House Republicans on Tuesday offered sharply divergent views about secret government surveillance programs and the leaks that made them public, underscoring the unsettled nature of a political debate that has scrambled the usual partisan lines.

Representative Mike Rogers of Michigan, the chairman of the House Intelligence Committee, suggested at a hearing that reporters who published articles based on leaked National Security Agency documents may be criminals “fencing stolen material.”

At a parallel hearing on surveillance matters related to the leaks by Edward J. Snowden, the former N.S.A. contractor who disclosed the documents, Representative Robert W. Goodlatte of Virginia, the chairman of the House Judiciary Committee, expressed skepticism about the agency program that collects records of all Americans’ phone calls — and about President Obama’s stated intention to overhaul it. The program came to light as a result of an article in The Guardian based on a leaked document.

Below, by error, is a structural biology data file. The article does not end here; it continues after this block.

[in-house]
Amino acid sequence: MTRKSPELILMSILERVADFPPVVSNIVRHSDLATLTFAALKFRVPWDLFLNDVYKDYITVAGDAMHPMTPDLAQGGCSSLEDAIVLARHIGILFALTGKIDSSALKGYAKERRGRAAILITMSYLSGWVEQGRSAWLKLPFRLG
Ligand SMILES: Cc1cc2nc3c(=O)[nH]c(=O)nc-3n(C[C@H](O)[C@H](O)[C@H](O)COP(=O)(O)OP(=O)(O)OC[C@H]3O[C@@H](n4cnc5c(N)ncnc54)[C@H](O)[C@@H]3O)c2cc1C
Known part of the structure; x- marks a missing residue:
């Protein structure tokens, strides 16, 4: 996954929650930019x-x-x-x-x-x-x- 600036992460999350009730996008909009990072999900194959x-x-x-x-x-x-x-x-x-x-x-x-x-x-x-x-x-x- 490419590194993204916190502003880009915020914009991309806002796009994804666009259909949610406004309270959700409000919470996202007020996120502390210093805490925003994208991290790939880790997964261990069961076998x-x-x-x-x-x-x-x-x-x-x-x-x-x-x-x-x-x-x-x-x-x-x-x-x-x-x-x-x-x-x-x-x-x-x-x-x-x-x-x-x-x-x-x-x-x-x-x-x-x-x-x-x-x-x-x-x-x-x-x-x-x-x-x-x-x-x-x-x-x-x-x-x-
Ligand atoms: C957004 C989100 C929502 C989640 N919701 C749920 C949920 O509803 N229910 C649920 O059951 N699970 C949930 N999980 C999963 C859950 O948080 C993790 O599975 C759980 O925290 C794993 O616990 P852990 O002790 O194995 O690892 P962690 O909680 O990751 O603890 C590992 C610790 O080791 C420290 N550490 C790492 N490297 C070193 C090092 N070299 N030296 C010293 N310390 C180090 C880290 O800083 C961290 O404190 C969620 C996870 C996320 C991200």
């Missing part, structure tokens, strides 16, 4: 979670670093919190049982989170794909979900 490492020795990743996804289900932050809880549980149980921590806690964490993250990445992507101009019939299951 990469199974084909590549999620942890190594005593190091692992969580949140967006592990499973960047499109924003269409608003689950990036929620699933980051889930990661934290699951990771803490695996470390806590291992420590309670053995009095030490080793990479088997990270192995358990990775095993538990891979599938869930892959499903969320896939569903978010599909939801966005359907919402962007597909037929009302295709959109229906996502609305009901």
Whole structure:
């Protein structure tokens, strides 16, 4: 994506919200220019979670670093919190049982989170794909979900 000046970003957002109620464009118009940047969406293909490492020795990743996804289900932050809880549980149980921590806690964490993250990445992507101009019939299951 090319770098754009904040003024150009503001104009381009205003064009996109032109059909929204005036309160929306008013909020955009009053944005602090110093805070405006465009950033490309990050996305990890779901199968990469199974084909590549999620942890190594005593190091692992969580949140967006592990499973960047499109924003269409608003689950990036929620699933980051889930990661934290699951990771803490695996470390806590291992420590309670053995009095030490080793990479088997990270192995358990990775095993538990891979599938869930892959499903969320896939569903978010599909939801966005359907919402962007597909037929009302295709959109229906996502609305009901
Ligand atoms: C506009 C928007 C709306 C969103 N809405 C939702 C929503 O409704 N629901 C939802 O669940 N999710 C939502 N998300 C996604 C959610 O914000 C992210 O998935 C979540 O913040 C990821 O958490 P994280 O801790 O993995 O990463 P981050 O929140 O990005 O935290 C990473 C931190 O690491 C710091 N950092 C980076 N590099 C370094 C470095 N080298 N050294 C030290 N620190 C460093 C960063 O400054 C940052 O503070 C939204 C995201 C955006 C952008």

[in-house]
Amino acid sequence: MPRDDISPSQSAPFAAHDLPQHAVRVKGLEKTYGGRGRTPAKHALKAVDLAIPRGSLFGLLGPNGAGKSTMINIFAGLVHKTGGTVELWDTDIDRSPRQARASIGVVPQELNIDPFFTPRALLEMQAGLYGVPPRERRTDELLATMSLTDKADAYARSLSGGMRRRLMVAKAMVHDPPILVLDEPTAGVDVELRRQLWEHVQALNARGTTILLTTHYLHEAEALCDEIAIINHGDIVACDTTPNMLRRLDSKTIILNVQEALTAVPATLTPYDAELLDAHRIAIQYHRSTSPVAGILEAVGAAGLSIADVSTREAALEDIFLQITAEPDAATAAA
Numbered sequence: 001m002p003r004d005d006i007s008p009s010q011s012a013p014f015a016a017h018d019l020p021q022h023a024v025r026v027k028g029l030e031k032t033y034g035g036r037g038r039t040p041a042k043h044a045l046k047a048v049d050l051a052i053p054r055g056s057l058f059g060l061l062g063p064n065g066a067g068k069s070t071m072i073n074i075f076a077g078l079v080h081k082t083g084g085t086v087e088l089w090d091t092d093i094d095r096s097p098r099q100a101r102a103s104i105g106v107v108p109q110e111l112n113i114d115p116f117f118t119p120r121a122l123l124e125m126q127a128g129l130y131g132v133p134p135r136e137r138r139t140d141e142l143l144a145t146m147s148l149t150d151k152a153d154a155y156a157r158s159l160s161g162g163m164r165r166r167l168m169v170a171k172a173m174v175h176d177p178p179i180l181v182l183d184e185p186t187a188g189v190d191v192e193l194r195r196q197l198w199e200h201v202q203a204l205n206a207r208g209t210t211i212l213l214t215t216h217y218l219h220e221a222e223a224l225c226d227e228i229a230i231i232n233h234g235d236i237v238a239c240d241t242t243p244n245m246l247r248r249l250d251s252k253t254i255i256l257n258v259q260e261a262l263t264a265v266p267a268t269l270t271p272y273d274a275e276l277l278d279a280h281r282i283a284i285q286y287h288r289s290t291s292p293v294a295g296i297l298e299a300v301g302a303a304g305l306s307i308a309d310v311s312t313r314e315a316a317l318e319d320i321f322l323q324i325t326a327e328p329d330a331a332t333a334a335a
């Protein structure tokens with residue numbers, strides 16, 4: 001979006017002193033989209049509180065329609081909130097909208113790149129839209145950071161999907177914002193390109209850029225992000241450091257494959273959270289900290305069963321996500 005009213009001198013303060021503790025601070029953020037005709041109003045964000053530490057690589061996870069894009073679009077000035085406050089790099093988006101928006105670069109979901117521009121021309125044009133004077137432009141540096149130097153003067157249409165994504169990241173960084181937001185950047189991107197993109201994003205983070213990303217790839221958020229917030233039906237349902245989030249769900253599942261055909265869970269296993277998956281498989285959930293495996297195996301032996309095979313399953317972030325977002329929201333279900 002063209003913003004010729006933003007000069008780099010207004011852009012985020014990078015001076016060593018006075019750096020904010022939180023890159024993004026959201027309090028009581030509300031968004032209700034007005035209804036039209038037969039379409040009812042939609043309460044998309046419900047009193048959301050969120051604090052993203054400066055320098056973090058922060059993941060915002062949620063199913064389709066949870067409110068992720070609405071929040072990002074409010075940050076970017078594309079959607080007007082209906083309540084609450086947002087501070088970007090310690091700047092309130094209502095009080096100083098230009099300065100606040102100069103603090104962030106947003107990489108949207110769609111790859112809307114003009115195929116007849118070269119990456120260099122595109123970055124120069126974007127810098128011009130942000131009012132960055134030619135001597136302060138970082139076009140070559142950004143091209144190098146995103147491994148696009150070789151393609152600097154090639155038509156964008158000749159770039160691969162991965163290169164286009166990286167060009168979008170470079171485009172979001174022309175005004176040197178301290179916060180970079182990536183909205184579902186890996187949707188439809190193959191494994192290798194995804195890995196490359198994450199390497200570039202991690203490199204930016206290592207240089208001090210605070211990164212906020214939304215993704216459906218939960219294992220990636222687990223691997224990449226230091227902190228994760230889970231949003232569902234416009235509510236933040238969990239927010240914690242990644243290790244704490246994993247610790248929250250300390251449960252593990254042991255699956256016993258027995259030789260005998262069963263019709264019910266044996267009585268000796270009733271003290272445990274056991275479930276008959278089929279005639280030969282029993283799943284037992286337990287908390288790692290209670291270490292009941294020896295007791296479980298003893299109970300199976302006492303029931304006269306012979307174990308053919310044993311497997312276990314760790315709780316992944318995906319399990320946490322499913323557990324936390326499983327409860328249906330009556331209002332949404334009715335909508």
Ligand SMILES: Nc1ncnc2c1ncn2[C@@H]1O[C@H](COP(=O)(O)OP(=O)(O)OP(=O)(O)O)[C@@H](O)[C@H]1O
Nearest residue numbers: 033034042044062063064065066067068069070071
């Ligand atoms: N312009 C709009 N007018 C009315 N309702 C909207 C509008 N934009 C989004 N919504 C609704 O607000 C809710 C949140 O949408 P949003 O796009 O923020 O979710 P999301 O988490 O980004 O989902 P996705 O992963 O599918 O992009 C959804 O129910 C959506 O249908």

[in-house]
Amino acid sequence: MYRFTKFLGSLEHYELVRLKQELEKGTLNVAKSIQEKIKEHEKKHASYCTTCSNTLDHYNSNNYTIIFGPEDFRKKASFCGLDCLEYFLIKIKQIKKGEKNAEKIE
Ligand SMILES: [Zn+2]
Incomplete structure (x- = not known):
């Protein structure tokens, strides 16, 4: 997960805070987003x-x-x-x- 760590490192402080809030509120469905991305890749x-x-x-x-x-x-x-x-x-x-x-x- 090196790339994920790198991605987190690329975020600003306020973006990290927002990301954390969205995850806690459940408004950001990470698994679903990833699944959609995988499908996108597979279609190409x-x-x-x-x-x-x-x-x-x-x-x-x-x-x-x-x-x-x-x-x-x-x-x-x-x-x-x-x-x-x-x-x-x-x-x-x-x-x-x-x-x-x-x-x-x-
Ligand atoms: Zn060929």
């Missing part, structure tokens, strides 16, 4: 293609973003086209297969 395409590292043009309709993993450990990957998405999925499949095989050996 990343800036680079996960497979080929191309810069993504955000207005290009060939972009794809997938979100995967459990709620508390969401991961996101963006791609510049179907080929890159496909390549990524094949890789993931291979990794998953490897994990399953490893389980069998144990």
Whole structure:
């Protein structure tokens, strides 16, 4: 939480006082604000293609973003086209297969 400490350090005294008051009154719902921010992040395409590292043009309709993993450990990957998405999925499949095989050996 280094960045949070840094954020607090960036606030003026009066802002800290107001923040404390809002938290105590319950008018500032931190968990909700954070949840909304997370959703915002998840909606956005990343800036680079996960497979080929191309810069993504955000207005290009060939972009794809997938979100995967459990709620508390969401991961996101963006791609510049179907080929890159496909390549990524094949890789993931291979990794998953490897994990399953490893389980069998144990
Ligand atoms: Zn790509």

The different approaches reflect a split that has opened in Congress between the judiciary panels, which tend to be centers of libertarian privacy concerns and skepticism about the surveillance programs, and the intelligence committees, which are focused primarily on national security and have defended the N.S.A.